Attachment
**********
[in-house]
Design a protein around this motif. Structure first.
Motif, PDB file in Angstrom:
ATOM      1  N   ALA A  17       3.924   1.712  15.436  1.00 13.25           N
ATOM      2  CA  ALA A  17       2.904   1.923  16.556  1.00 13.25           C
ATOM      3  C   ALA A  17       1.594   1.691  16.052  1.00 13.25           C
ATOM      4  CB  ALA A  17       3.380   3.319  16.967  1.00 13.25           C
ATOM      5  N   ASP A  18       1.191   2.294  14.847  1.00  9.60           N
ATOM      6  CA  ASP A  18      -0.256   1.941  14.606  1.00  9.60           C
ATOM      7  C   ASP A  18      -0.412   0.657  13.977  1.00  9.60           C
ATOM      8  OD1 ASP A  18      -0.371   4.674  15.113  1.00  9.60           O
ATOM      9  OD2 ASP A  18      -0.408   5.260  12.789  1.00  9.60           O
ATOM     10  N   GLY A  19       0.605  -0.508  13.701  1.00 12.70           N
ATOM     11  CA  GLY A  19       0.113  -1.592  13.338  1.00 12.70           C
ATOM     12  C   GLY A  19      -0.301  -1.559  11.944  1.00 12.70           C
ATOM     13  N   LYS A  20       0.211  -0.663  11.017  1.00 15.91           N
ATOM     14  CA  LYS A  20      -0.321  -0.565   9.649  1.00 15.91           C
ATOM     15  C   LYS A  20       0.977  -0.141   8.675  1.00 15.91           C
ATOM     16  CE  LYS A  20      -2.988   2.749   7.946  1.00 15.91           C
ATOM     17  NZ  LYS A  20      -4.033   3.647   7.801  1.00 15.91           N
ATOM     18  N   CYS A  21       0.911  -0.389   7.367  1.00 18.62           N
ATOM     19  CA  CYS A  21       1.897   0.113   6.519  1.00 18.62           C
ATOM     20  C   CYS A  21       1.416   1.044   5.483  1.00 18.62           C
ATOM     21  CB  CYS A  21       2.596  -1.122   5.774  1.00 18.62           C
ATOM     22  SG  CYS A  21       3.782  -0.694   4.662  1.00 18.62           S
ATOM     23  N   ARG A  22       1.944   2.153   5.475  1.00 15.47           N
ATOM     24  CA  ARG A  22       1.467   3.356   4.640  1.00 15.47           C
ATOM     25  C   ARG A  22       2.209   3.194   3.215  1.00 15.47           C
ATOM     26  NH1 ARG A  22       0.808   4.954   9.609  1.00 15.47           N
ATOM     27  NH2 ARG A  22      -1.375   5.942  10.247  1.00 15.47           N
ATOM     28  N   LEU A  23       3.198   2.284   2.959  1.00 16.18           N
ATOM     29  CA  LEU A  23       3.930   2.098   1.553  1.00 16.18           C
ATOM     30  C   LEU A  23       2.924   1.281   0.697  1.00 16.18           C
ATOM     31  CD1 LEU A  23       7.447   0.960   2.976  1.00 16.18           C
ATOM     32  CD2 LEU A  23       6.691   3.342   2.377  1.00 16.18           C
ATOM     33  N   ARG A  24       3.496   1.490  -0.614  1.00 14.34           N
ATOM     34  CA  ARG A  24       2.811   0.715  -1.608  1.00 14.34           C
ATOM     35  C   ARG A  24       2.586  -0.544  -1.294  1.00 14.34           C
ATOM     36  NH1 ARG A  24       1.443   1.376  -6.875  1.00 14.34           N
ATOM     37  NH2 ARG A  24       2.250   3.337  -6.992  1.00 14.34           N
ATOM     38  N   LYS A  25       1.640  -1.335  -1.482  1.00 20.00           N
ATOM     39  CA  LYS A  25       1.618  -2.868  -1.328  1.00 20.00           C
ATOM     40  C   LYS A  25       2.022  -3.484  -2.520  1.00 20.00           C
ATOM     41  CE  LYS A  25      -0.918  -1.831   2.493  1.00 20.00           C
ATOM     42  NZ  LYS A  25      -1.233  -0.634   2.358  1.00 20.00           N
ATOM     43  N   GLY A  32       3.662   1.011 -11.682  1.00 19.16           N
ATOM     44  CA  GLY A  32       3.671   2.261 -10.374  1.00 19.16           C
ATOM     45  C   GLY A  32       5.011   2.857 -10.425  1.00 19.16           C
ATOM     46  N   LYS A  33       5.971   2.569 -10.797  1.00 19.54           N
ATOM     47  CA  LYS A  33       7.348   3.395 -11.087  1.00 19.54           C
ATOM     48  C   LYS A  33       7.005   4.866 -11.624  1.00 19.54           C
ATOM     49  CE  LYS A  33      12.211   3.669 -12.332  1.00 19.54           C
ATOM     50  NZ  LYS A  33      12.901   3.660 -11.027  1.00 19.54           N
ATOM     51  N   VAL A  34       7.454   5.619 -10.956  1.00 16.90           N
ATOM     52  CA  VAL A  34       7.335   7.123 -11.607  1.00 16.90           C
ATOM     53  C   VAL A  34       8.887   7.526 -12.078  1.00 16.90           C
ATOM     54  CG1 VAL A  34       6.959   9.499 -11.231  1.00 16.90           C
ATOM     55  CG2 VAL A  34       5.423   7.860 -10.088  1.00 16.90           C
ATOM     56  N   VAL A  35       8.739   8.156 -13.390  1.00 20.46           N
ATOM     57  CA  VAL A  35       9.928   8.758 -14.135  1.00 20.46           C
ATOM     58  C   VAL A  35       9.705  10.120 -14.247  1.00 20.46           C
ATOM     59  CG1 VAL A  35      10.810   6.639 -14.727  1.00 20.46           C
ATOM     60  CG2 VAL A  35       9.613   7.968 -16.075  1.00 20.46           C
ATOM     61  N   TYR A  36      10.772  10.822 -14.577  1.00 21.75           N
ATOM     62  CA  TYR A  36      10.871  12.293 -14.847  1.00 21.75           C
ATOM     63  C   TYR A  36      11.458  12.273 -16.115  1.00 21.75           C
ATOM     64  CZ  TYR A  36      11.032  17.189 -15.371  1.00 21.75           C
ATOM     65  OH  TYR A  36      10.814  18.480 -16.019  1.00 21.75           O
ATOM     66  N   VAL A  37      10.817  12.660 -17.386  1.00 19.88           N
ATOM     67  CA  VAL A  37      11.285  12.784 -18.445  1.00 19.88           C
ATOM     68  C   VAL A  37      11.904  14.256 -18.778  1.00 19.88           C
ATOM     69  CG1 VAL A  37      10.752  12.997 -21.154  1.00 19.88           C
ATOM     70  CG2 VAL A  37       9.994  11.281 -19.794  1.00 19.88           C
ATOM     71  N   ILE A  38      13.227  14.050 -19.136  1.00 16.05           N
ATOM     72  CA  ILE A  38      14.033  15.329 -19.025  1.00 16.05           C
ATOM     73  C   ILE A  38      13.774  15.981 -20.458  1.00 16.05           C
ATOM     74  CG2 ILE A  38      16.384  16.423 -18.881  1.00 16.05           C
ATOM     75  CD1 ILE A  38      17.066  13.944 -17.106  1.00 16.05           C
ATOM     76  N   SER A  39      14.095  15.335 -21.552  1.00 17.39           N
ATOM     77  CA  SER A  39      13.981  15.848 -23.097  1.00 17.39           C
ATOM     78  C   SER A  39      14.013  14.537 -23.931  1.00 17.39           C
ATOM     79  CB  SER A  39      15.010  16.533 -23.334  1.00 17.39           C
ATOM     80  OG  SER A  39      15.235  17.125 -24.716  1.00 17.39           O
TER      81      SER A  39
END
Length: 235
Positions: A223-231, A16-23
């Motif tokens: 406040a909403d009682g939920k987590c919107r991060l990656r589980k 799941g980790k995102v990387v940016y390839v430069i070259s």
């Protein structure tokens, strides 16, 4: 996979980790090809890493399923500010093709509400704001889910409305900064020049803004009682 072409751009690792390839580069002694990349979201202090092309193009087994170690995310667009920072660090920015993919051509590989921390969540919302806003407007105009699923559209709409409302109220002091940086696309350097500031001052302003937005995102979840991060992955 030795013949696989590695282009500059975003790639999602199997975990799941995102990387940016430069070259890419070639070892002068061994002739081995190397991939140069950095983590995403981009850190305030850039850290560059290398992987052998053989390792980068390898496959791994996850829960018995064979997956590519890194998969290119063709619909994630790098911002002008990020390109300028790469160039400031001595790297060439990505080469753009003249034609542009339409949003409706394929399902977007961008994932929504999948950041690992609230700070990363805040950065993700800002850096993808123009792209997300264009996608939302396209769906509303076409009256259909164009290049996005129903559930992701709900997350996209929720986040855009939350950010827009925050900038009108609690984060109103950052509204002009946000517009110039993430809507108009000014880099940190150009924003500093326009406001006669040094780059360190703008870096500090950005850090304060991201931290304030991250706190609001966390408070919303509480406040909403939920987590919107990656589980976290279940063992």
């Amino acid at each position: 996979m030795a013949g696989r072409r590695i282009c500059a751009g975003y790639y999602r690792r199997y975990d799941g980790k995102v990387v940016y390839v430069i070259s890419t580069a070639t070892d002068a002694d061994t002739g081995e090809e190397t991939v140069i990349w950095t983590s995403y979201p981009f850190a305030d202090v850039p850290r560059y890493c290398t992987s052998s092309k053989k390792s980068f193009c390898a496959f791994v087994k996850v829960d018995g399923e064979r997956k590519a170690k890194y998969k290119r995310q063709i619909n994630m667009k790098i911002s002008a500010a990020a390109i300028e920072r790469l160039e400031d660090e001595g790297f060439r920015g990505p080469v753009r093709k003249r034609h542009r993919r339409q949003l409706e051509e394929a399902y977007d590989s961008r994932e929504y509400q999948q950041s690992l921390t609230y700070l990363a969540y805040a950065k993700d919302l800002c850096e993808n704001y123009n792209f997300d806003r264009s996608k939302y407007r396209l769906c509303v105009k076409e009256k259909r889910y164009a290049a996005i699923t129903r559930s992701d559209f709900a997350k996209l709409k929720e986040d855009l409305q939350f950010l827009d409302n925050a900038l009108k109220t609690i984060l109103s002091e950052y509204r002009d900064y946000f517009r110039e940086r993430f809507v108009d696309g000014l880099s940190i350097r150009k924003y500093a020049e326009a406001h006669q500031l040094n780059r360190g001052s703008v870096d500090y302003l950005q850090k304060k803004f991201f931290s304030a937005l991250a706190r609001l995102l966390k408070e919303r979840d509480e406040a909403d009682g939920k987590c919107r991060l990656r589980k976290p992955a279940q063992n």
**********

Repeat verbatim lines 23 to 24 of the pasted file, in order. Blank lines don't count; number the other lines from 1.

ATOM     20  C   CYS A  21       1.416   1.044   5.483  1.00 18.62           C
ATOM     21  CB  CYS A  21       2.596  -1.122   5.774  1.00 18.62           C